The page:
Naming and Shaming
Pictures of small children carrying automatic weapons under the influence of drugs had flooded the media since the wars in Liberia and Sierra Leone had begun. This was deemed to be an unacceptable state of affairs. The Security Council therefore decided on a listing process – a naming and shaming exercise that indicates to the world who the perpetrators are and where they are active. Since 2002, the Secretary-General has listed parties who are recruiting or using children in the annexes of his annual report on children and armed conflict.
New criteria for the list of shame
On two occasions, the Security Council asked the Secretary-General to expand the scope of his annexes and to also list parties responsible for:
- patterns of killing and maiming children – resolution 1882 (2009),
- patterns of committing sexual violence against children – resolution 1882 (2009),
- recurrent attacks or threats of attacks on schools and hospitals, as well as on protected persons in relation to schools and hospitals – resolution 1998 (2011).
In the last report, 57 parties in 15 country situations have been listed in the annexes of the Secretary-General’s annual report including seven government forces. 17 perpetrators have been on the list for at least five years and count among the most persistent violators.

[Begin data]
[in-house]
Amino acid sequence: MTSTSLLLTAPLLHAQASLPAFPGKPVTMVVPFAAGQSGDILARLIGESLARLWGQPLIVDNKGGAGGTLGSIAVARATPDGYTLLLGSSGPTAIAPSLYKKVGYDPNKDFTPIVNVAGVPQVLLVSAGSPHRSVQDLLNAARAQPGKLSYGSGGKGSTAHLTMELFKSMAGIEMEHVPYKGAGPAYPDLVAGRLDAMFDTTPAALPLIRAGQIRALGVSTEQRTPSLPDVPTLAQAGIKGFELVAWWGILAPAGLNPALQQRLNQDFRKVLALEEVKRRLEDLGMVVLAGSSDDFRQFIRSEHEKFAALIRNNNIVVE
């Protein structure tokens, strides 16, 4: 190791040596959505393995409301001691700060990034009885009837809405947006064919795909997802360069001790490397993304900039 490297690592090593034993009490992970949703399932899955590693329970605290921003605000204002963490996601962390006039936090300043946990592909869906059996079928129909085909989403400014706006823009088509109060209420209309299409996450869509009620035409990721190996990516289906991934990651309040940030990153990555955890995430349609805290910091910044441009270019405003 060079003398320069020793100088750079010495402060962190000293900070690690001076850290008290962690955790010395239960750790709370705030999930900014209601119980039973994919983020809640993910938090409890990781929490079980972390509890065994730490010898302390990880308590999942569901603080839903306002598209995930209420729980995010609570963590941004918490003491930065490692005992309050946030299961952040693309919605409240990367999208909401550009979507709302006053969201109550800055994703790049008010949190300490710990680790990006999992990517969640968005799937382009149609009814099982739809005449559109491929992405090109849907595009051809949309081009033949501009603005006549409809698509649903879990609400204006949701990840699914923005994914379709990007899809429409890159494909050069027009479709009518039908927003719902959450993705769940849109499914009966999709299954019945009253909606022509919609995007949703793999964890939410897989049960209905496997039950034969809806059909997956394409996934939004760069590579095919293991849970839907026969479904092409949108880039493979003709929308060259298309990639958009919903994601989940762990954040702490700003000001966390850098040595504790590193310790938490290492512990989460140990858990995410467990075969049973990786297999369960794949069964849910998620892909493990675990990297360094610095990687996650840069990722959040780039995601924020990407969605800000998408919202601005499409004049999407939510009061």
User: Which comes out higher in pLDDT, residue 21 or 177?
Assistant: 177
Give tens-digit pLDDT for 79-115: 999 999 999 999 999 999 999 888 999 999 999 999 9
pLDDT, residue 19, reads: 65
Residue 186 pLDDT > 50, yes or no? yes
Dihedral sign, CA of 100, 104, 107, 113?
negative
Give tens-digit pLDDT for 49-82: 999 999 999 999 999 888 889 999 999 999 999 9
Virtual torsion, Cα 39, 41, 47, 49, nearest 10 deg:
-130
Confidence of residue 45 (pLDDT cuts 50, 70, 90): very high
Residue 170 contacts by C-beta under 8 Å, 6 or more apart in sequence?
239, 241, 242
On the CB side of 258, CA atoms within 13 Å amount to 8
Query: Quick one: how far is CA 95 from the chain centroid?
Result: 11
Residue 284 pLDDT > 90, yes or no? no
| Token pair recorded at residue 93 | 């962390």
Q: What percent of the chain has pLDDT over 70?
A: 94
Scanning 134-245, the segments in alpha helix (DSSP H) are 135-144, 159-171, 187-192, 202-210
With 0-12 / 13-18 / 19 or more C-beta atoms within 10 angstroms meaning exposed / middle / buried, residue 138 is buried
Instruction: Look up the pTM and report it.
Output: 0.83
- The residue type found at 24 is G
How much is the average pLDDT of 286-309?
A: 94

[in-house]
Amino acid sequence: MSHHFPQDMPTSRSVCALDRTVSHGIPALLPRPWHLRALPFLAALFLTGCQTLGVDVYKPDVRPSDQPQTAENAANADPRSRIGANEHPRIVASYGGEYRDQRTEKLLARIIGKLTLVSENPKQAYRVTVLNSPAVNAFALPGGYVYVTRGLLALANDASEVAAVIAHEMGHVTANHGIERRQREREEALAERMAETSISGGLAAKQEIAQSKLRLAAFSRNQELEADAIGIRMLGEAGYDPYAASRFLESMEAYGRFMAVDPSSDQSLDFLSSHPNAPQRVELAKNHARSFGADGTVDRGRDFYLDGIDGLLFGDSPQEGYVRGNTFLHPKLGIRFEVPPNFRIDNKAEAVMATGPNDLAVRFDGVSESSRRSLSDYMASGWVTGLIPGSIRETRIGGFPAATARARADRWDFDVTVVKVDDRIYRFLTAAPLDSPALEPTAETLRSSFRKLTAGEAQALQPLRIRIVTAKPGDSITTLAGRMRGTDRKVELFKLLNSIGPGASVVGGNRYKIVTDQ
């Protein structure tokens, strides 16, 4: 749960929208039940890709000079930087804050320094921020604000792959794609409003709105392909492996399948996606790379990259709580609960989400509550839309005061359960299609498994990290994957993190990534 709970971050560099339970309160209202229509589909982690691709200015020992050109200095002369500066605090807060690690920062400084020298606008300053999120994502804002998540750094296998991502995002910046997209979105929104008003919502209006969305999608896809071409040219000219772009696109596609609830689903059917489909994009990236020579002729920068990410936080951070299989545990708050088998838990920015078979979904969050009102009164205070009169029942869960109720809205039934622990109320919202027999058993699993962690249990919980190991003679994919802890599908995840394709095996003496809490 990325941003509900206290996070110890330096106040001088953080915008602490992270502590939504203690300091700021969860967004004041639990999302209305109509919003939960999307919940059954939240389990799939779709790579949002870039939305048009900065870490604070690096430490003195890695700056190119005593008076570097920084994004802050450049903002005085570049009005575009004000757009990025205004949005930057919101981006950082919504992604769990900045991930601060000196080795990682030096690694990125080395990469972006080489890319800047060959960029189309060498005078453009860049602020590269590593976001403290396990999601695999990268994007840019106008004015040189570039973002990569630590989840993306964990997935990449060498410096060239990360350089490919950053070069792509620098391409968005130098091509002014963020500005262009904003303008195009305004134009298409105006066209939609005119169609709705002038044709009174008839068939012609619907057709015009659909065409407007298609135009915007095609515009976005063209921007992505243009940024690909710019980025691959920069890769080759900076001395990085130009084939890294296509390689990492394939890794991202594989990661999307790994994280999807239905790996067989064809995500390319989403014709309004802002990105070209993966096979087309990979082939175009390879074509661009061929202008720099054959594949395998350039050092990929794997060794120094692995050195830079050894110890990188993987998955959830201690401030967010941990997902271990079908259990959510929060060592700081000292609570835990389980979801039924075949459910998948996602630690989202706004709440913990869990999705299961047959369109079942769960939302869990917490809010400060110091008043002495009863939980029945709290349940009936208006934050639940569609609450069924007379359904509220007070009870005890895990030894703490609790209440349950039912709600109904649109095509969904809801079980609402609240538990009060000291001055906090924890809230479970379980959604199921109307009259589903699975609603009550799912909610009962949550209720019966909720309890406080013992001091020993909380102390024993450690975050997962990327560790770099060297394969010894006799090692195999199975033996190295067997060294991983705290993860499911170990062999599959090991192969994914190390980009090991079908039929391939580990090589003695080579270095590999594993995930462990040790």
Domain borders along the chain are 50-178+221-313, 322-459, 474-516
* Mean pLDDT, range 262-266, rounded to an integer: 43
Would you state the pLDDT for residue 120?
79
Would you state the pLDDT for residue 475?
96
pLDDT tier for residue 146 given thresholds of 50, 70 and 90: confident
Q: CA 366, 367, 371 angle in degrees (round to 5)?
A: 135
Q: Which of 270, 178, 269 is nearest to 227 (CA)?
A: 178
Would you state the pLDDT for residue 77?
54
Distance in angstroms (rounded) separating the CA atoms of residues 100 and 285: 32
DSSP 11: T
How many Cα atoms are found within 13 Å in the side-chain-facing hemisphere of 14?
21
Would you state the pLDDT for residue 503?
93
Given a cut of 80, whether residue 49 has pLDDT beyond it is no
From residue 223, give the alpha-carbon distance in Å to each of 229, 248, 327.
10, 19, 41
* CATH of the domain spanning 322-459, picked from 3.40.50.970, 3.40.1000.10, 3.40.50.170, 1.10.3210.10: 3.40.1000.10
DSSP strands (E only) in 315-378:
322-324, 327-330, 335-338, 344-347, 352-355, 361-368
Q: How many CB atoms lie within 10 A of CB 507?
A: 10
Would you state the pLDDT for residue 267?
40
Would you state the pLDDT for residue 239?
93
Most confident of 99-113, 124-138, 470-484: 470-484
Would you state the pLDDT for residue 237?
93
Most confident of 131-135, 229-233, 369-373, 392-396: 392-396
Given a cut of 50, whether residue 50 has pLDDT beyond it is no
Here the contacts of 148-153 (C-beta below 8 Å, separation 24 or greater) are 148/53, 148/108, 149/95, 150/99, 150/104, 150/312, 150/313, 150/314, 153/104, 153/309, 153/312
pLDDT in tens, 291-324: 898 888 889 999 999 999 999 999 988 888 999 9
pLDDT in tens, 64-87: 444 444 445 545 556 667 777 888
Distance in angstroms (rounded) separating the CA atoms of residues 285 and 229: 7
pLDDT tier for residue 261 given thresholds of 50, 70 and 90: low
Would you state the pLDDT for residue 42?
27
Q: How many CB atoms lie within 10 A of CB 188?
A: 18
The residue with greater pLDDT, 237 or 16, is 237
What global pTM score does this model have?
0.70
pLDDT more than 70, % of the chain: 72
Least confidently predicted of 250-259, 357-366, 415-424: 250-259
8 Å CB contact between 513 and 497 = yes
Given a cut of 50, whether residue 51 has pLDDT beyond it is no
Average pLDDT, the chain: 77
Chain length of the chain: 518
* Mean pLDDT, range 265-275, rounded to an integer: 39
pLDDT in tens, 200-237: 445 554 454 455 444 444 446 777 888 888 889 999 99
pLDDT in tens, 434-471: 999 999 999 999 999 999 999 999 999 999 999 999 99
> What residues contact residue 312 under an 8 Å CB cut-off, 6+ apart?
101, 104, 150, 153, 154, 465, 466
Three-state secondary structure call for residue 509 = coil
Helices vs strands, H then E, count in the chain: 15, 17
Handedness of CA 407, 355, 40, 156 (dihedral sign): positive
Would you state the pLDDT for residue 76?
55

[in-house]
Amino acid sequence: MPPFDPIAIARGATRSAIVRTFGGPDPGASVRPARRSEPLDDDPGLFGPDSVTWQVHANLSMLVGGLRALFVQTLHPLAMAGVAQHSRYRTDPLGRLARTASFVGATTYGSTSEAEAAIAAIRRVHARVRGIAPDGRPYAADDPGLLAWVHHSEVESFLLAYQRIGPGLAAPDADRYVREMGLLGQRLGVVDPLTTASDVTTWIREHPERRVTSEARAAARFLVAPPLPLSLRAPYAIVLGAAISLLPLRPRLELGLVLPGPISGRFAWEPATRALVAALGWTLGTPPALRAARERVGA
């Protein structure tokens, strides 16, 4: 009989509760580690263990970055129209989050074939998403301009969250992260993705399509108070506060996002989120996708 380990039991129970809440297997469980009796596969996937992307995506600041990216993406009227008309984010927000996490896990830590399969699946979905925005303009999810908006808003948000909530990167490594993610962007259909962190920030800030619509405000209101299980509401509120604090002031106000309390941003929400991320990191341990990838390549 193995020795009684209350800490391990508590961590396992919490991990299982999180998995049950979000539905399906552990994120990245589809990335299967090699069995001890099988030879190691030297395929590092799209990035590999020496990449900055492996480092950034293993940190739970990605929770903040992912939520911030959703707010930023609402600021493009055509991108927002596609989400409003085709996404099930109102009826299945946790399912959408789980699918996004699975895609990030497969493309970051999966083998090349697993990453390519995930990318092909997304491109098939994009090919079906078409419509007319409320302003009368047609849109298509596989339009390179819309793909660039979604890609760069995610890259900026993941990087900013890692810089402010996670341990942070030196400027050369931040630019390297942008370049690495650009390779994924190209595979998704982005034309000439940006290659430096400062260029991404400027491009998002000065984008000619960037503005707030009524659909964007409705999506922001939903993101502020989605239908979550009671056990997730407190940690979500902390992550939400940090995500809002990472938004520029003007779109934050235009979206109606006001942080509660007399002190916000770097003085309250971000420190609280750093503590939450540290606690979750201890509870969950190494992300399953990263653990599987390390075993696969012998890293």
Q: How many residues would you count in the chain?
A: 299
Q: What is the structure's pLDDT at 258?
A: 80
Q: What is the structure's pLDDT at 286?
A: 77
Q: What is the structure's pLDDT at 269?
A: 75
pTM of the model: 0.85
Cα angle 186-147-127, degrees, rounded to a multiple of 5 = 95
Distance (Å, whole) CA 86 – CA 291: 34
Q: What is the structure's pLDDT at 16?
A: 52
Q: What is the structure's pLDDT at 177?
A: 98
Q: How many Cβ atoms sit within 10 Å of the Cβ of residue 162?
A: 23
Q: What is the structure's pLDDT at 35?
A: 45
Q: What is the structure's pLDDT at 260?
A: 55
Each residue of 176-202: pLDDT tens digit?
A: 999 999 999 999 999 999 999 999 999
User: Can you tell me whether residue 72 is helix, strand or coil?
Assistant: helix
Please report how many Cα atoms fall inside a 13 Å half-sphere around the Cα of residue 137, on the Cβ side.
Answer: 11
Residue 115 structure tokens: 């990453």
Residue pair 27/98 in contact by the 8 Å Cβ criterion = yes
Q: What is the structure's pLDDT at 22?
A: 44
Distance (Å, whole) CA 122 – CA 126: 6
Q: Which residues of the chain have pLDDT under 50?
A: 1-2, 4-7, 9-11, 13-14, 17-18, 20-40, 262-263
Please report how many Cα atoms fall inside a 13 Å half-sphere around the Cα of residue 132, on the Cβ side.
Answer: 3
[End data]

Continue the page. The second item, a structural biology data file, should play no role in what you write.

Parties can be de-listed if they enter into time bound action plans with the United Nations. These plans outline a list of concrete activities to halt the violations they are listed for.
A party to conflict shall be eligible for de-listing upon United Nations verification that all activities included in an action plan have been successfully implemented and those responsible are held accountable.
The list of shame is an important advocacy tool and has resulted in compliance with international law and the release of thousands of children.